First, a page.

Resources for Parents
College Parent Central — www.collegeparentcentral.com
Designed to give parents information and food for thought about college and the specifics of parenting a college student. If you have a kid attending college or getting ready to go, you should find this site helpful.
College Tips for Parents — www.collegetipsforparents.org
Designed to help parents of college students or parents of high school students preparing to enter college. Postings include news items and info of interest to parents. Other topics include money saving tips, campus trends, and other areas that parents should consider. You’ll also find tips on teaching young adults the basics of money management.
SayStudent.com — www.saystudent.com
Students and parents should work together to create a budget plan for college. This site provides tips to set up a college budget, manage spending, and tools to help keep costs down.
College Parents of America — www.collegeparents.org/cpa/index.html
The only national membership association dedicated to advocating and serving on the behalf of current and future college parents.
College Board — www.collegeboard.com
A guide to college, financial aid, scholarships, grants, and related topics.
College Prep; SAT and ACT Test Preparation Tips and Resources —
Don't Tell Me What to Do, Just Send Money:
The Essential Parenting Guide to the College Years
by Helen E. Johnson and Christine Schelhas-Miller
This completely revised and updated edition prepares parents for the issues they will encounter during their son or daughter's college years. Since the original publication over a decade ago, there has been a dramatic increase in the use of mobile and internet technology. The birth of the term 'helicopter parent' is due in part to the instant and frequent connectivity that parents have with their children today. Parents are struggling with the appropriate use of communicative technology and aren't aware of its impact on their child's development, both personally and academically.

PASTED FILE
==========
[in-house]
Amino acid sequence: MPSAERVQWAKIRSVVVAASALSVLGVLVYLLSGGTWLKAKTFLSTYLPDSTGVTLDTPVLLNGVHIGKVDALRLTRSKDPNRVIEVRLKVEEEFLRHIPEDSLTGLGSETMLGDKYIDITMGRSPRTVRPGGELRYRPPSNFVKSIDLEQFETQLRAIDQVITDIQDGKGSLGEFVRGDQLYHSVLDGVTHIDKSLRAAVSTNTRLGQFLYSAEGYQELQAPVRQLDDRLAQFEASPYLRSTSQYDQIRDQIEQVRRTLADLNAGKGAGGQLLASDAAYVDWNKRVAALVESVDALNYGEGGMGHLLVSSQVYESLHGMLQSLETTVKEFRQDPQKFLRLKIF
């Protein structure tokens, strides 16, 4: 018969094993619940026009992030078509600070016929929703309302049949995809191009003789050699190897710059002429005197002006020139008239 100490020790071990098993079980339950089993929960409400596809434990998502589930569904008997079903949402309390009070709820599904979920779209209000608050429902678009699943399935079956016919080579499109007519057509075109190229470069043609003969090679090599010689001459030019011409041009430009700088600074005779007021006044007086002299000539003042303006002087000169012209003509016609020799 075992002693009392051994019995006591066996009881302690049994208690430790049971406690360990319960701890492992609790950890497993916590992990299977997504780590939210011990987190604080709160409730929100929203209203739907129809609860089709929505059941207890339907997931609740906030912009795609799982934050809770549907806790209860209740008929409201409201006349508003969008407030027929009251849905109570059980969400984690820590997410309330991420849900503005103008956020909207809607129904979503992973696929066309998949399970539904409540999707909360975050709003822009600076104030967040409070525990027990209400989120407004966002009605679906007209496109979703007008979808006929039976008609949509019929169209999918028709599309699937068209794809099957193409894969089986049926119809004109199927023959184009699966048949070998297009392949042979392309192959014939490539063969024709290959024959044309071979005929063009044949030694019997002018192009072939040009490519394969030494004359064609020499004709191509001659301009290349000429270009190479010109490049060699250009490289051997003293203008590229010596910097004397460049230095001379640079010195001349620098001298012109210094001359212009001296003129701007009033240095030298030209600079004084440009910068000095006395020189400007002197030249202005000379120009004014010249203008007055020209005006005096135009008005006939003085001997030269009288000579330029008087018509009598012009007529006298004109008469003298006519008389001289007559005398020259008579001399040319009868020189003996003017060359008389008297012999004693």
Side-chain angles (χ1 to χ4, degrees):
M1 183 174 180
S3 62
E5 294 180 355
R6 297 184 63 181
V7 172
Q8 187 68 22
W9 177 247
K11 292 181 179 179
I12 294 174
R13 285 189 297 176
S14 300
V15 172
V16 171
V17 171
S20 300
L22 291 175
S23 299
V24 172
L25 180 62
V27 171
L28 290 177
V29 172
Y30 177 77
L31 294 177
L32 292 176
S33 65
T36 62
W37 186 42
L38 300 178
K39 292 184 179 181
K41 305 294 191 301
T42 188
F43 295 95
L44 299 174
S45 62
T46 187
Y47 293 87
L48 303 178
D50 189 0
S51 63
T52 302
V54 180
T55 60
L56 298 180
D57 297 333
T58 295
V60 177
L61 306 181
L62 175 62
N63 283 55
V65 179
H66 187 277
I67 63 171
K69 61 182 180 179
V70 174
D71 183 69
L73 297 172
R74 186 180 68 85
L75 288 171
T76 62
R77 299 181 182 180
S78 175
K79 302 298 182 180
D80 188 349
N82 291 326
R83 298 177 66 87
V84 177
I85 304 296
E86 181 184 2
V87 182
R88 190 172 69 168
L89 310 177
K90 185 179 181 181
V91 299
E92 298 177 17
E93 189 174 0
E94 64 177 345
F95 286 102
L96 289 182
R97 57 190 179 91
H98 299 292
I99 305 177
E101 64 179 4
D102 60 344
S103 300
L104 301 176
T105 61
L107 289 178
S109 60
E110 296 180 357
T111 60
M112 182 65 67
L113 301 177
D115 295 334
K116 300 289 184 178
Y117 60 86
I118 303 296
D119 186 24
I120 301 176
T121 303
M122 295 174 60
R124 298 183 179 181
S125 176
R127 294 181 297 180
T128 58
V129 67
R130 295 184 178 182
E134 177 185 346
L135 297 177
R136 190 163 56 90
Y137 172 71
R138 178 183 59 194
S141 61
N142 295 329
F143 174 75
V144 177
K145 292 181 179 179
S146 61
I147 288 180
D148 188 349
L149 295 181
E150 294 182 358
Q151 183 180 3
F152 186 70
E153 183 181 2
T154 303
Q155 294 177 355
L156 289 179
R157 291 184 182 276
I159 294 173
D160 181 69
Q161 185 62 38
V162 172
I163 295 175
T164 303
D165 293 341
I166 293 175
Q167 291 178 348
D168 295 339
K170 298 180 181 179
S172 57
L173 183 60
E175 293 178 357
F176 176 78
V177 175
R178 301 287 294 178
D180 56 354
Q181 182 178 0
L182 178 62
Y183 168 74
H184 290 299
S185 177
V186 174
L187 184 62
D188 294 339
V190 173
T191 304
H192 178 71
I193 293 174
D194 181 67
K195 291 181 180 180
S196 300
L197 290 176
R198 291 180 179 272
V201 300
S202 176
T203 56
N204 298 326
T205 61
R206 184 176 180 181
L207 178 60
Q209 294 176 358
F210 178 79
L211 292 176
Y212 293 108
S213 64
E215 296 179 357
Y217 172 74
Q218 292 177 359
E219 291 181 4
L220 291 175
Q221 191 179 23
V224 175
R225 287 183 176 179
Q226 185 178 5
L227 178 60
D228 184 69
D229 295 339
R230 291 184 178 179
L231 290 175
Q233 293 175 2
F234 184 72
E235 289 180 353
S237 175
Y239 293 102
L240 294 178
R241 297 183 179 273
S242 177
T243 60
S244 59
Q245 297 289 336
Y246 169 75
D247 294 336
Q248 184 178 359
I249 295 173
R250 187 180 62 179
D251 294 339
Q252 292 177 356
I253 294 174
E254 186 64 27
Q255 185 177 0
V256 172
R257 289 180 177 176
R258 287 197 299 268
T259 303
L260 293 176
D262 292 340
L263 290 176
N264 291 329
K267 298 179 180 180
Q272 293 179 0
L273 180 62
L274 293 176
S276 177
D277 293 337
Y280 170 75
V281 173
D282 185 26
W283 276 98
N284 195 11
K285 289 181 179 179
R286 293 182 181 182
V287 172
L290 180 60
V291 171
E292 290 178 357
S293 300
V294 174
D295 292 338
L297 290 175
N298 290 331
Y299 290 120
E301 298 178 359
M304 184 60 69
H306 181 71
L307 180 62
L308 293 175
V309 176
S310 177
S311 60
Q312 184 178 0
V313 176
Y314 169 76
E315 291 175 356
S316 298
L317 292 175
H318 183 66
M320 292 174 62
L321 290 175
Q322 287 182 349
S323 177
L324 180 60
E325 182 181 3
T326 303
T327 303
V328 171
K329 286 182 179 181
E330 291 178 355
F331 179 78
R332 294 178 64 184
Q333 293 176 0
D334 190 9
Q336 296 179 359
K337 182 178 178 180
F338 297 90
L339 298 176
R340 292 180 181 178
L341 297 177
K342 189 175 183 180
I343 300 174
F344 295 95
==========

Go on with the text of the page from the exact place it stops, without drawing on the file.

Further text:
With straightforward practicality and using humorous and helpful case examples and dialogues, Don't Tell Me What To Do, Just Send Money helps parents lay the groundwork for a new kind of relationship so that they can help their child more effectively handle everything they'll encounter during college.
I'll Miss You Too: An Off-to-College Guide for Parents and Students
by Margo Ewing Woodacre and Steffany Bane Carey
Leaving home and starting college is a major life transition — for students and parents. This guidebook helps new students and parents successfully navigate the college years, and not only protect their unique relationship, but help it to grow as well.
I'll Miss You Too is unique in that it is written from both sides of the mother-daughter relationship, providing valuable insight into the issues that parent and child face, including: The 10 major traumas of empty nesters (and their solutions) • Tips for students making the transition to the "real world" • Communication issues, and how to set healthy expectations • Most common problems of leaving home (for both parents and students) • Coming back home for the first time, and much more.
This poignant and humorous guidebook provides the kind of perspective that leads to understanding, and opens the door for meaningful discussion between parent and child.